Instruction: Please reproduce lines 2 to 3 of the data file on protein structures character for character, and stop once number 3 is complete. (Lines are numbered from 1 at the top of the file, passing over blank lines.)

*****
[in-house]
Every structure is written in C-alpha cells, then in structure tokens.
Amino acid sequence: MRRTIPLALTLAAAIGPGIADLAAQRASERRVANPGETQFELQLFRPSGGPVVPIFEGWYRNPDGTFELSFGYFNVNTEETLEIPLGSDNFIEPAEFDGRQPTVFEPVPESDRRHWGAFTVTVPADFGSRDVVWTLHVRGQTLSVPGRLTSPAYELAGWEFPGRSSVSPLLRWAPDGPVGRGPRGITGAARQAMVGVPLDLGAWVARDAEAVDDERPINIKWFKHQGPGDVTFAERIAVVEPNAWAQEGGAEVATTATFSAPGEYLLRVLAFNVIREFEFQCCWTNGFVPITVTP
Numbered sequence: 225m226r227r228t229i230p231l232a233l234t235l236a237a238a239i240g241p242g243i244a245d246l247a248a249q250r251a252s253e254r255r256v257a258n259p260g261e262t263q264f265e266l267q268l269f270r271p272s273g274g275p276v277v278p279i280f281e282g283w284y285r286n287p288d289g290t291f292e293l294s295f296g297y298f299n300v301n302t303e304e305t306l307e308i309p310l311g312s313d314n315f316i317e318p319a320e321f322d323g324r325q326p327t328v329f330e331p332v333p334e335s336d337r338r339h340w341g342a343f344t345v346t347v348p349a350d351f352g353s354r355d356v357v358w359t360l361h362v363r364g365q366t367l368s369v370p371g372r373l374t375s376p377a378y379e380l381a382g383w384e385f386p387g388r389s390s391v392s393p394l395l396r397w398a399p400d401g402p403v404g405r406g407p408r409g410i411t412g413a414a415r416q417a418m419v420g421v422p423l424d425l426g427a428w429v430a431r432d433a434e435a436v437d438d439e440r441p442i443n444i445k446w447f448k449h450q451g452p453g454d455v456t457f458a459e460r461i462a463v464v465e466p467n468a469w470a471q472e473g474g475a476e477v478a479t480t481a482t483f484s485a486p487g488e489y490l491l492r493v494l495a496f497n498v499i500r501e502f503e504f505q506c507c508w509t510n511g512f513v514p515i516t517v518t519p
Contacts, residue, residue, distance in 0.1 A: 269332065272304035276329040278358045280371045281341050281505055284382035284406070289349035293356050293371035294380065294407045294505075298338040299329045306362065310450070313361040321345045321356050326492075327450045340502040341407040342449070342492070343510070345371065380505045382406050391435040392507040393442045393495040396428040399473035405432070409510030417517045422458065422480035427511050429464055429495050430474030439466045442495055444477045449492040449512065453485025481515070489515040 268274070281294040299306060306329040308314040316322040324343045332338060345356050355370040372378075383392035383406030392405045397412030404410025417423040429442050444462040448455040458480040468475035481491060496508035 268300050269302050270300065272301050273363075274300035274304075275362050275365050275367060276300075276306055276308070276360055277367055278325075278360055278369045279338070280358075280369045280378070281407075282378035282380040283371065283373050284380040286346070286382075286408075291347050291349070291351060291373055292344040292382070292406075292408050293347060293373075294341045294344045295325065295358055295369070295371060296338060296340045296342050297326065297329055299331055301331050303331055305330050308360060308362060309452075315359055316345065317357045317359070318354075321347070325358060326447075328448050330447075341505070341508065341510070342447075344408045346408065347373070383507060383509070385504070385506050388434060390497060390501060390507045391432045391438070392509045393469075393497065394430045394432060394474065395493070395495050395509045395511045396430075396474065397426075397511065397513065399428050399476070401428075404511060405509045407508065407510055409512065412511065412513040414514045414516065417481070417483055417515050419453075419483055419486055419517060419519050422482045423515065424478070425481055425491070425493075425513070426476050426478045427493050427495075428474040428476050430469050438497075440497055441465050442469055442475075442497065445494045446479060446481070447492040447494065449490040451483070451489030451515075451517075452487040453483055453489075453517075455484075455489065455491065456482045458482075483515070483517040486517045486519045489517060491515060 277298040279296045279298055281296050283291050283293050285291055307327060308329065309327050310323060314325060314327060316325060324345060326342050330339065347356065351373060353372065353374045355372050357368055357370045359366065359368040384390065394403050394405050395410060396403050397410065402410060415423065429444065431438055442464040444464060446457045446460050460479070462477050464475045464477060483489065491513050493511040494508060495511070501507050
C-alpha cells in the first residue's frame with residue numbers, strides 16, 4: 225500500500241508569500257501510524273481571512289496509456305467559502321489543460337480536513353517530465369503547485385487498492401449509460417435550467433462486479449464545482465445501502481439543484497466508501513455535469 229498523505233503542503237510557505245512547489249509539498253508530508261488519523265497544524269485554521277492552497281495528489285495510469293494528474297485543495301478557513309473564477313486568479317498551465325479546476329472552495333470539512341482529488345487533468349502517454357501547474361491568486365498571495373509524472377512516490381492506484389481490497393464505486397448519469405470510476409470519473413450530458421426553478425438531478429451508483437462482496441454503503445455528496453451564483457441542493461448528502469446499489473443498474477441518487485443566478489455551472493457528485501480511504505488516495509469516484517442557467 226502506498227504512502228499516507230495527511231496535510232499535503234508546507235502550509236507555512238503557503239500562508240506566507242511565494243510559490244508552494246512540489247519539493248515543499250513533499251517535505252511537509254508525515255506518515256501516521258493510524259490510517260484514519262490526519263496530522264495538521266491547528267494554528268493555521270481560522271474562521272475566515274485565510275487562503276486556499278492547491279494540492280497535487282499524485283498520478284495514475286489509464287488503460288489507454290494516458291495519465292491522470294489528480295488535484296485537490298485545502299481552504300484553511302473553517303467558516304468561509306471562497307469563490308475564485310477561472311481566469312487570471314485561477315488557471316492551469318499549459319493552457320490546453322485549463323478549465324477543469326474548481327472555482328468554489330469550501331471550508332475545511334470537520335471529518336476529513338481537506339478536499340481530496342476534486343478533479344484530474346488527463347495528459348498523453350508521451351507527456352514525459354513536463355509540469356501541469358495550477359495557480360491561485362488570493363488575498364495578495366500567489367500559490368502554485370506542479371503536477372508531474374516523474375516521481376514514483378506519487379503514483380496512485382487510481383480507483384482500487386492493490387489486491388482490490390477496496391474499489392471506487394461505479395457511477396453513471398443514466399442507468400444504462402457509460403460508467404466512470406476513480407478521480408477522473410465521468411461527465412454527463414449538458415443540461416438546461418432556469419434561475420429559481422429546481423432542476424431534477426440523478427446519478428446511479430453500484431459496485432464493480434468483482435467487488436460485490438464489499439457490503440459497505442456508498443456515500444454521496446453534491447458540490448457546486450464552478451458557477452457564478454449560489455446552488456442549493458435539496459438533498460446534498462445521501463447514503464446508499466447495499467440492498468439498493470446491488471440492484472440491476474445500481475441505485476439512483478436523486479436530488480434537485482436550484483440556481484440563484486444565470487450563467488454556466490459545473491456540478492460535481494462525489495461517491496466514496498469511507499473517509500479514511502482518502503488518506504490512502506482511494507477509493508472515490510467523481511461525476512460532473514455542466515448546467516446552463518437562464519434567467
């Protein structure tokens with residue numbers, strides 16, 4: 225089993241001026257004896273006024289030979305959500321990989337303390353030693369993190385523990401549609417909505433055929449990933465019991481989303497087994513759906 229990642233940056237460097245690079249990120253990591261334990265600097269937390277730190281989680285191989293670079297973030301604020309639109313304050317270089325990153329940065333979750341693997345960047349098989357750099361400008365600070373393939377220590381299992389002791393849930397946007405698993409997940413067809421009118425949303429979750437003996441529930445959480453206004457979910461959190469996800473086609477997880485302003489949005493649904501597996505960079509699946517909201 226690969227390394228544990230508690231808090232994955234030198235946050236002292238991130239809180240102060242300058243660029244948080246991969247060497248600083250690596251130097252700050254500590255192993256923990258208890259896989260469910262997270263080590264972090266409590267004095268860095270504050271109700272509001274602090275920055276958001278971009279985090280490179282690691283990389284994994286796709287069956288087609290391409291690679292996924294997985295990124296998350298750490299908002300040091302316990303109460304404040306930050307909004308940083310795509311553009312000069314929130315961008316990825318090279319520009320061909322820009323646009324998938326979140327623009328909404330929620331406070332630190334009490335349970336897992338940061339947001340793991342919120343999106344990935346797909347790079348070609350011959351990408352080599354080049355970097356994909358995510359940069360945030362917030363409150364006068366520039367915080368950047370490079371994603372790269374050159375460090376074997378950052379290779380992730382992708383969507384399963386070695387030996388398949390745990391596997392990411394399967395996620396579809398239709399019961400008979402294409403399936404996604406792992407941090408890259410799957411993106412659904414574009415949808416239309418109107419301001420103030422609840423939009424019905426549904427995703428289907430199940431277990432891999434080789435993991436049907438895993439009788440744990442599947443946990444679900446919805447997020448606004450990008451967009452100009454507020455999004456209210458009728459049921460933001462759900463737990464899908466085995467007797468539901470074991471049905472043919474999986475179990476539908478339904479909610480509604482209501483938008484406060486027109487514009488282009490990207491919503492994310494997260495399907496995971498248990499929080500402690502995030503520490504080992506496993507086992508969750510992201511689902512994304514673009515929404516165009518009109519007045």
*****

Every structure is written in C-alpha cells, then in structure tokens.
Amino acid sequence: MRRTIPLALTLAAAIGPGIADLAAQRASERRVANPGETQFELQLFRPSGGPVVPIFEGWYRNPDGTFELSFGYFNVNTEETLEIPLGSDNFIEPAEFDGRQPTVFEPVPESDRRHWGAFTVTVPADFGSRDVVWTLHVRGQTLSVPGRLTSPAYELAGWEFPGRSSVSPLLRWAPDGPVGRGPRGITGAARQAMVGVPLDLGAWVARDAEAVDDERPINIKWFKHQGPGDVTFAERIAVVEPNAWAQEGGAEVATTATFSAPGEYLLRVLAFNVIREFEFQCCWTNGFVPITVTP